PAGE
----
Being a highly visual and pen-to-paper sort of girl, I have always wondered what it is about writing things down – from grocery shopping lists to to-do lists – that boosts my recall abilities and gets me from goal A to goal B with more precision and speed than others.
So I embarked upon a study and collated some compelling research in this area, which lead me to have faith in this fact.
Not only does writing help eliminate it-sounded-good-in-my-head syndrome, but if you’re looking to live an organized, goal-oriented, and multi-faceted life you need to actively write.
The Dominican University of California published:“People who wrote down their goals, shared them with others, and maintained accountability for their goals were 33% more likely to achieve them, versus those who just formulated goals” i.e. in their heads.
While coaching, I almost always expect my clients to cringe whenever I pop my famous question: ‘Did you write it down?’- whether it is about their latest brain dump or daily scheduling. Most likely, I’ll get responses such as ‘Oh, you know, I saved it on Notes in my iPhone 6S’ or ‘I don’t need to write it down; I usually remember everything’.
The issue with this is that not writing things down is just as good as asking you to forget that very goal you want to achieve or piece of information you need to remember.
But first, my friends, some very basic yet staggering neuropsychology on why this is the case.
Memory of an Elephant
It’s all in the process- the secret lies in our thoughts before we even make the physical action of ‘writing’. It could be during a university lecture, our plans for tomorrow, or a six-month goal, where we are putting some degree of thought into evaluating and ordering the information that we are receiving. That process, and NOT the notes themselves, is what helps fix ideas more firmly in our minds, leading to greater recall down the line.
Get To Your Goal Faster
When you write, you send a message to your subconscious mind, giving it the signal that these goals are so important that you’re writing them down. This gives them a high priority and the subconscious then begins to work on them. On a conscious level, writing stimulates the RAS (reticular activating system) in our brains, which is responsible for sending a signal to the cerebral cortex: “Wake up, pay attention, don’t miss this detail”. Once you write down a goal, your brain will be working overtime to see that you reach it, and will alert you to the signs and signals that were there all along.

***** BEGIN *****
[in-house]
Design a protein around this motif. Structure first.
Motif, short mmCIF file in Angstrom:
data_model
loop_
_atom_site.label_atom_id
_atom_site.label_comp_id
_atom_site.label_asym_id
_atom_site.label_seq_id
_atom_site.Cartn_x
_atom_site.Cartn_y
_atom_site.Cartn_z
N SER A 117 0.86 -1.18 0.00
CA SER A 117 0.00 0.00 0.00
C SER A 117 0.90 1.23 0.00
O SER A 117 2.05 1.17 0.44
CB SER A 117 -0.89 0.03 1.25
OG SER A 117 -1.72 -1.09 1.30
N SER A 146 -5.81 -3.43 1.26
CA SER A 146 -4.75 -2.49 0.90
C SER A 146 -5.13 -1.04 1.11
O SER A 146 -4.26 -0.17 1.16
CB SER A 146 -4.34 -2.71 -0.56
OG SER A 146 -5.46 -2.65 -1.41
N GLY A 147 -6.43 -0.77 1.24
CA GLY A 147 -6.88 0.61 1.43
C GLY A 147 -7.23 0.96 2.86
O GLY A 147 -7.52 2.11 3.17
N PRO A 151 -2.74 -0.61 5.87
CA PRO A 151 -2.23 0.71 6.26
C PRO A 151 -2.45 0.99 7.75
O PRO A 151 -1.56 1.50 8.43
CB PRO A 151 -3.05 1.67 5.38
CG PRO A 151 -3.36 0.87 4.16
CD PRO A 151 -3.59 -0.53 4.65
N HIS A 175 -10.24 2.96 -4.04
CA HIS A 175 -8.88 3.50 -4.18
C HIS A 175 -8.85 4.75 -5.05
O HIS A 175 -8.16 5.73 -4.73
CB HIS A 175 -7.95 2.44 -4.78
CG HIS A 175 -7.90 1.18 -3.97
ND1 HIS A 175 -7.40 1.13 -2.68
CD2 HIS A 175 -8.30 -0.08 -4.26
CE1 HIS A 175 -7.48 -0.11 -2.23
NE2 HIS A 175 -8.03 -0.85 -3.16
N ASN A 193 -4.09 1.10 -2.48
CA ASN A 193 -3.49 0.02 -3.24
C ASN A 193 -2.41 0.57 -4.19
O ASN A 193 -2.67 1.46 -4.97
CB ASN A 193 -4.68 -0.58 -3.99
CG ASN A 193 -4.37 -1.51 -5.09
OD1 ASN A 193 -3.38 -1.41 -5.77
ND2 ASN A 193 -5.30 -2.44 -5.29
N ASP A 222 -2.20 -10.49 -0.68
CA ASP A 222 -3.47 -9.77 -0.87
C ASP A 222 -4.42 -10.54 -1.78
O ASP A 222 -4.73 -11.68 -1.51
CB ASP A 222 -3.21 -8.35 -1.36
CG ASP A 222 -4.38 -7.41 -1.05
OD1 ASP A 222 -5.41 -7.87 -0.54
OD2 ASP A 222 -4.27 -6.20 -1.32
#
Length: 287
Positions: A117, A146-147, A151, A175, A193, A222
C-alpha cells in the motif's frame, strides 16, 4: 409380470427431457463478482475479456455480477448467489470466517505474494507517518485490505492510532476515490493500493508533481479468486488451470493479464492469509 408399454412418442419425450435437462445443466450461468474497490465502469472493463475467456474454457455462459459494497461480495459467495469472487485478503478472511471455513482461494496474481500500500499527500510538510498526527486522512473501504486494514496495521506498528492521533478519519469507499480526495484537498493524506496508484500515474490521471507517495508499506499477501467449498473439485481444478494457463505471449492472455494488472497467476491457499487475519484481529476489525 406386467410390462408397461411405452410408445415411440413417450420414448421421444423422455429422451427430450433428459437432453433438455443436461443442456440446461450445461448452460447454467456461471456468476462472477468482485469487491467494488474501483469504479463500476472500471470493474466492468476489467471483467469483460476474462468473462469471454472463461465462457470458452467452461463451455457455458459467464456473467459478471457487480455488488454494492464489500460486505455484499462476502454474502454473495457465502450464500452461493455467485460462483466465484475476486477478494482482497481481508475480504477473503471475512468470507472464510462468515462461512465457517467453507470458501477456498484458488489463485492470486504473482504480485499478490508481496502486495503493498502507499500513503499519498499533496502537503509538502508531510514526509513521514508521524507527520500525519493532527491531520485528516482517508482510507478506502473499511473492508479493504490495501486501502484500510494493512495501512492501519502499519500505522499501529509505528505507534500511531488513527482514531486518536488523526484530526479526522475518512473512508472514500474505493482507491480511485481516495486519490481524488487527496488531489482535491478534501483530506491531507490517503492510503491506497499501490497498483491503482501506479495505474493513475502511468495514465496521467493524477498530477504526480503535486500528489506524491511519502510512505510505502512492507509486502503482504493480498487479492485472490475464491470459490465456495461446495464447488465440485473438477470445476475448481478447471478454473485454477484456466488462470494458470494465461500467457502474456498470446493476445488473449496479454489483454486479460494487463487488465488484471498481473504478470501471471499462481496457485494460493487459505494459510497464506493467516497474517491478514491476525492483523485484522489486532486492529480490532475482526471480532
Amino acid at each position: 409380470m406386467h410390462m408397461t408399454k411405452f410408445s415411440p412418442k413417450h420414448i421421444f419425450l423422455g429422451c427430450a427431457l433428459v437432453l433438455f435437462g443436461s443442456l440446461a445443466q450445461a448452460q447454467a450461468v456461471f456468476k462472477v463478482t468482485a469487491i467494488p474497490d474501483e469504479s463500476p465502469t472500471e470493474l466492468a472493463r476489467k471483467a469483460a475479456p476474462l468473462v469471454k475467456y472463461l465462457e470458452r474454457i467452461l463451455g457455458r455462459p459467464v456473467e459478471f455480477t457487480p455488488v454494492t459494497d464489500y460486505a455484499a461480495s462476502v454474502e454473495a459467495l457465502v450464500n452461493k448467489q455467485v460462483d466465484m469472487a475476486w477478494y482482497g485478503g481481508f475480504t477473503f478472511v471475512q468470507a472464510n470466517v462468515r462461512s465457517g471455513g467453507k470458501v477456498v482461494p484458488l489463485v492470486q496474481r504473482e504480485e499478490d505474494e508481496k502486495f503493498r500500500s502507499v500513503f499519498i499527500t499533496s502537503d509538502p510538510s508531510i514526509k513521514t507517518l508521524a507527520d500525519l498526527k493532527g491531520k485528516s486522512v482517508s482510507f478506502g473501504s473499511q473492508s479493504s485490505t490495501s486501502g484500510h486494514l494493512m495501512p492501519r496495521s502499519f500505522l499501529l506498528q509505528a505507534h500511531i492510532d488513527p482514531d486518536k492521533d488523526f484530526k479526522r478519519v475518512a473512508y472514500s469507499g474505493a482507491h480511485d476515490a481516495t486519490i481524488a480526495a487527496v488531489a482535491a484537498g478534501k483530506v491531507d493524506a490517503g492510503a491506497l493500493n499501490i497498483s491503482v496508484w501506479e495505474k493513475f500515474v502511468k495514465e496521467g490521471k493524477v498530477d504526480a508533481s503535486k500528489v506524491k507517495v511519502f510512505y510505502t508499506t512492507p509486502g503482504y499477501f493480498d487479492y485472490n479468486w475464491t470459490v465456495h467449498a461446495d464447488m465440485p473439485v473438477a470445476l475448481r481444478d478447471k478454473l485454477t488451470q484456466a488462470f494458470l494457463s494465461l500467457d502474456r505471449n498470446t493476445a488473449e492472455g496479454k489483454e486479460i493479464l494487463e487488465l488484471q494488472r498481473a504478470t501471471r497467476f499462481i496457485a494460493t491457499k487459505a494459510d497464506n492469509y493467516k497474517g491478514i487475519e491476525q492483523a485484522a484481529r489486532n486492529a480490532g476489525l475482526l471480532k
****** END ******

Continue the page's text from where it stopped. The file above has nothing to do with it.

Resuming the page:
Share your leadership tips! Sign up as a contributor! OK, so one would argue that the research presents some fairly compelling evidence that one should keep a writing log in order to be able to achieve the six-month target, fix up your daily planner, or even just memorize a poem for school. Maybe you’re on the other side of the fence, though.
What about typing it into Outlook or your iPhone?
Pen Vs. Keyboard
Unfortunately for those techies out there, there is a scientific basis for the pen’s superiority over the keyboard when it comes to cognitive memory. The movements involved when handwriting, “leave a motor memory in the sensorimotor part of the brain”, according to Dr Virginia Berniger, a professor of Educational Psychology at the University of Washington. In fact, the research goes so far as to say that it seems those who type their notes may potentially be at risk for “mindless processing”, as the old-fashioned note-taking method of pen to paper boosts memory and the ability to understand concepts and facts.
A recent article I read states that, “Neuroscience has proven that when you write something out that takes deep thought like your goals, you build over 10,000 new neural pathways in your brain in one sitting. Whereas when you type your goals out on a computer, you are only building 600 new neural pathways”.